Three Things Thursday: February 23, 2023
Dear Michigan LCV Family,
Welcome to the February 23, 2023 edition of Three Things Thursday! This week our topics include: how Michigan LCV is celebrating Black History, a look at a Michigan LCV board member who is truly living the mission, and Oscoda’s ongoing battle with “your mess is now our mess”. Let’s jump in!
1. Michigan LCV Celebrates Black History
I invite you to join us tomorrow, Friday, February 24, at 5 p.m. for Michigan LCV Celebrates Black History: Resistance Through Accessibility, Collaboration, and Legislative Power – an event to honor Black History Month, Black leaders in Michigan and –notably! – the Michigan Legislative Black Caucus!
The inspiration for Friday’s event came from our amazing Partnerships Team, which includes Shannon Rochon, who serves as Michigan LCV Partnerships Director, and Roslyn Ogburn, our Partnerships Coordinator. Both Shannon and Ros have been working diligently over the past few weeks to organize this event, reaching out to Michigan LCV allies, friends, and supporters, as well as a bevy of State and local elected officials.
With a performance by April Okpwae, a renowned playwright, composer, lyricist and community organizer who is based in Detroit, this is an event you don’t want to miss! I’ll be there and hope you will, too. You can RSVP for the event here!
I am deeply grateful to Shannon and Ros for their leadership.
2. Living the Mission: Marseille Allen
At Michigan LCV, we are extremely lucky to have a board of directors made up of amazing individuals from a variety of backgrounds who are dedicated to protecting Michigan’s land, air, and water, tackling the climate crisis, and protecting human health and our democracy. One of these incredible individuals is Marseille Allen, who is featured in our latest storytelling video!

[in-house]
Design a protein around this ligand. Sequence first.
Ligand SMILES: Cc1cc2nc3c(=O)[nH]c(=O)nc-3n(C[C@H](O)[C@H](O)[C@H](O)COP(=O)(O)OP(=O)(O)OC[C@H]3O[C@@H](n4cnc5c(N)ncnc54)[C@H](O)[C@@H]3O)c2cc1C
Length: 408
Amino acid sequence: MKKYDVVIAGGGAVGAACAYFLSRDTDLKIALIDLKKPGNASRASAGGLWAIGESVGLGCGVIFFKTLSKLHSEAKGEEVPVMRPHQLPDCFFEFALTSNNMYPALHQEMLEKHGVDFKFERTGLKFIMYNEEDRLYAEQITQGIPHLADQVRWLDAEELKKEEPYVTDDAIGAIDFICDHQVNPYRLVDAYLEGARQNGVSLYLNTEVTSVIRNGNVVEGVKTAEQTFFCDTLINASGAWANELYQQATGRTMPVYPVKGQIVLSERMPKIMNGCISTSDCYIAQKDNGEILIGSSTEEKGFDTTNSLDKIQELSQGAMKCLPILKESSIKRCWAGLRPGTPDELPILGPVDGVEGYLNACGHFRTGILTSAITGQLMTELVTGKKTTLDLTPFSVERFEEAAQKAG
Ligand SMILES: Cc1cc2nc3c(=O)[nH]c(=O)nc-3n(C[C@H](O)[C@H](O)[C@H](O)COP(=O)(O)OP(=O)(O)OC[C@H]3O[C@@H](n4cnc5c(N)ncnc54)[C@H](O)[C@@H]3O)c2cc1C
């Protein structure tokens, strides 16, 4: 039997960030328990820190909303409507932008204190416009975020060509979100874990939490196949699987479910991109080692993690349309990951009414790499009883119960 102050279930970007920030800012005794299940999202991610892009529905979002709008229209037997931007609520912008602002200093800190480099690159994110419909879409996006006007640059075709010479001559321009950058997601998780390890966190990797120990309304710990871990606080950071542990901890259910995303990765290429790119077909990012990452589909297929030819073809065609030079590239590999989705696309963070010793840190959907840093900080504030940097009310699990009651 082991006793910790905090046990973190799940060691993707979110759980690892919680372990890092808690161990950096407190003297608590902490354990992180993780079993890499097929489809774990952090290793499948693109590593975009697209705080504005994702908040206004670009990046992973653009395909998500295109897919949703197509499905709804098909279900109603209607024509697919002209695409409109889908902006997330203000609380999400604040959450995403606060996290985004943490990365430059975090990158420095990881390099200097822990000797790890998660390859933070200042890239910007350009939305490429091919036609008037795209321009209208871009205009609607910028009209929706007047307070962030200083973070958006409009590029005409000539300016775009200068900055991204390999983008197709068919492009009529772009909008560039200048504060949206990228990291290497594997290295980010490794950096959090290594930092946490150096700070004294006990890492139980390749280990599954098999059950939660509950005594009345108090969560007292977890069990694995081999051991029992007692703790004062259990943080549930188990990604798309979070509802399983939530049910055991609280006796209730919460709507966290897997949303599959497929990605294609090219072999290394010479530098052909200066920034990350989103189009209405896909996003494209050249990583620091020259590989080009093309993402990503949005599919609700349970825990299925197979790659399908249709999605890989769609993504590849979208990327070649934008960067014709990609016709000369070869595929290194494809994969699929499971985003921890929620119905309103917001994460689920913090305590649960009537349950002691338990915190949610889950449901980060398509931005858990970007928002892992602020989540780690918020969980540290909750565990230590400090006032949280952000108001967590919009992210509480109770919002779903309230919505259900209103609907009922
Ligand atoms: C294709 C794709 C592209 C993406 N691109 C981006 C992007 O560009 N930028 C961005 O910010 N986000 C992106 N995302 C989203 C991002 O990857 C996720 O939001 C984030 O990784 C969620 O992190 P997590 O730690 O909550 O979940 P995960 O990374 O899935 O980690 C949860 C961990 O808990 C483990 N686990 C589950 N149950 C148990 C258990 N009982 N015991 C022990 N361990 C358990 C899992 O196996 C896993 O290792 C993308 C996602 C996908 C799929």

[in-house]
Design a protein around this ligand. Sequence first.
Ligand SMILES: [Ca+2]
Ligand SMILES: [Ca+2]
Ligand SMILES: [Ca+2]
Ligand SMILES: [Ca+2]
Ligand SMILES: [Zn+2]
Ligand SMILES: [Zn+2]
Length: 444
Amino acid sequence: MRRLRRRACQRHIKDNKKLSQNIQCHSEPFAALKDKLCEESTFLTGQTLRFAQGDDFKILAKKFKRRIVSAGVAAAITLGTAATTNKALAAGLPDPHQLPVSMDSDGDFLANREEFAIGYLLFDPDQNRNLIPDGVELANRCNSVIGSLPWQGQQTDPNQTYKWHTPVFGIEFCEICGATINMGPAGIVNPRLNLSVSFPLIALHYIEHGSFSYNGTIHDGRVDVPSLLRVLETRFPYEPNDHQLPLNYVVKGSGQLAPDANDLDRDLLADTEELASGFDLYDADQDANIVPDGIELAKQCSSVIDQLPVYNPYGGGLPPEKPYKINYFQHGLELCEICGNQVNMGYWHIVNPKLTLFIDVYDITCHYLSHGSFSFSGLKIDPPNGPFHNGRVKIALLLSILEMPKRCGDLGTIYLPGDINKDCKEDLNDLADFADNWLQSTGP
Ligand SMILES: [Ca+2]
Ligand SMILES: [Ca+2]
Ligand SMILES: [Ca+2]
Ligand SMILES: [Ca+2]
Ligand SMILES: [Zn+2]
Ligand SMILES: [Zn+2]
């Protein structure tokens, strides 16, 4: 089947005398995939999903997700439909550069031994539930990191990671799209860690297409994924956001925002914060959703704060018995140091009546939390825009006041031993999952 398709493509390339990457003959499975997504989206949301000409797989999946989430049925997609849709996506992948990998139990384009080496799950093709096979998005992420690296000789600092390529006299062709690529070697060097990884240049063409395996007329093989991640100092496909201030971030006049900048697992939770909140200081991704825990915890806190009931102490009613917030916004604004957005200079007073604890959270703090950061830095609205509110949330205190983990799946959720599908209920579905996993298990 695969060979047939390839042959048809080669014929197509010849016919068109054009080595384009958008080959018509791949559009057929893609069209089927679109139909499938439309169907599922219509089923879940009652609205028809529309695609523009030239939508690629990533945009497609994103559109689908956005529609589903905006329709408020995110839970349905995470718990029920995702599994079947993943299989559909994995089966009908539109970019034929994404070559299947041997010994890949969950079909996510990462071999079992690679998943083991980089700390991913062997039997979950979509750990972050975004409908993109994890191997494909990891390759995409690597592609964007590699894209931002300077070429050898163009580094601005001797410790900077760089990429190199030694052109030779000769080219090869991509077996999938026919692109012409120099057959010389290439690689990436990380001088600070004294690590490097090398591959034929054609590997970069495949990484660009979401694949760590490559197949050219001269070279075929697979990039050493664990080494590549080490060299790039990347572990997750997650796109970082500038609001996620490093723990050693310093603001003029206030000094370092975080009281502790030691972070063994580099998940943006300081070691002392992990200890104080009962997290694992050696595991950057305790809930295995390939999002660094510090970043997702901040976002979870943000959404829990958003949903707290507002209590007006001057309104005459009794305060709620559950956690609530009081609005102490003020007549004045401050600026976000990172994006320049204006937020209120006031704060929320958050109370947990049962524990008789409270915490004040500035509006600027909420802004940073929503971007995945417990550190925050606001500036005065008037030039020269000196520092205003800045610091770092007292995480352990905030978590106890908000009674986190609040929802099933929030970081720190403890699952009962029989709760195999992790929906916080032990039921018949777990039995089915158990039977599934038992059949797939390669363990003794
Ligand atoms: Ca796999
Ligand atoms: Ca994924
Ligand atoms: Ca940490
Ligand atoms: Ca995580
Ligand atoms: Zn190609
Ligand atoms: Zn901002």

Marseille is a trusted political strategist known for her dedication to grassroots initiatives. She is – among many things – the co-founder of The Warriors Trust Fund, a nonprofit established to assist combat veterans under active felony supervision in the criminal justice system. As a Michigan LCV board member, Marseille brings invaluable knowledge, perspective and experience to the table and has been instrumental in the organization’s growth since she joined the board in 2021.
In our latest video, Marseille discusses her first-hand experience with the Flint Water Crisis and her work to create the WaterForFlintWFF GoFundMe campaign. The campaign, launched in the early days of the crisis, helped raise more than $60,000 in donations from around the globe, deliver more than 300,000 bottles of water, filters, and other essential supplies to Flint residents, and garnered national and international recognition.
I encourage everyone to watch the video and listen to Marseille’s story. I am thankful that Marseille is a member of the Michigan LCV family and helping guide us in our work.
As always, a big thanks to Michigan LCV’s extremely talented Visual Storytelling Manager Samantha Schubert for producing this amazing video. Sam’s creativity, vision and expertise have been instrumental in sharing our work with larger audiences.